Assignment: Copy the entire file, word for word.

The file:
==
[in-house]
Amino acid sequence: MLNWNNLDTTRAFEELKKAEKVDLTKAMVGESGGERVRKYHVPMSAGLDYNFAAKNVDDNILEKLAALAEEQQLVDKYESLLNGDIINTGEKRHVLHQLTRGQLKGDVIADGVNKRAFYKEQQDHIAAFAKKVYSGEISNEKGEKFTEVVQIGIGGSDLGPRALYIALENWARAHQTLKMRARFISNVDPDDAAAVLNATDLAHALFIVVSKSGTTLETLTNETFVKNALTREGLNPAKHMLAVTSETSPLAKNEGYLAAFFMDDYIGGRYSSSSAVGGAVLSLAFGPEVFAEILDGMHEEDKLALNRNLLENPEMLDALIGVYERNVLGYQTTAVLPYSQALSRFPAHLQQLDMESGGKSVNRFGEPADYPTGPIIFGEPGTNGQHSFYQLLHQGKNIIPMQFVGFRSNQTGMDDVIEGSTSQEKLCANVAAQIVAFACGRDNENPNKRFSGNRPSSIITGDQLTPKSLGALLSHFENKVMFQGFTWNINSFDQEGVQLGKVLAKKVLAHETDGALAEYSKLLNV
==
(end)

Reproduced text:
[in-house]
Amino acid sequence: MLNWNNLDTTRAFEELKKAEKVDLTKAMVGESGGERVRKYHVPMSAGLDYNFAAKNVDDNILEKLAALAEEQQLVDKYESLLNGDIINTGEKRHVLHQLTRGQLKGDVIADGVNKRAFYKEQQDHIAAFAKKVYSGEISNEKGEKFTEVVQIGIGGSDLGPRALYIALENWARAHQTLKMRARFISNVDPDDAAAVLNATDLAHALFIVVSKSGTTLETLTNETFVKNALTREGLNPAKHMLAVTSETSPLAKNEGYLAAFFMDDYIGGRYSSSSAVGGAVLSLAFGPEVFAEILDGMHEEDKLALNRNLLENPEMLDALIGVYERNVLGYQTTAVLPYSQALSRFPAHLQQLDMESGGKSVNRFGEPADYPTGPIIFGEPGTNGQHSFYQLLHQGKNIIPMQFVGFRSNQTGMDDVIEGSTSQEKLCANVAAQIVAFACGRDNENPNKRFSGNRPSSIITGDQLTPKSLGALLSHFENKVMFQGFTWNINSFDQEGVQLGKVLAKKVLAHETDGALAEYSKLLNV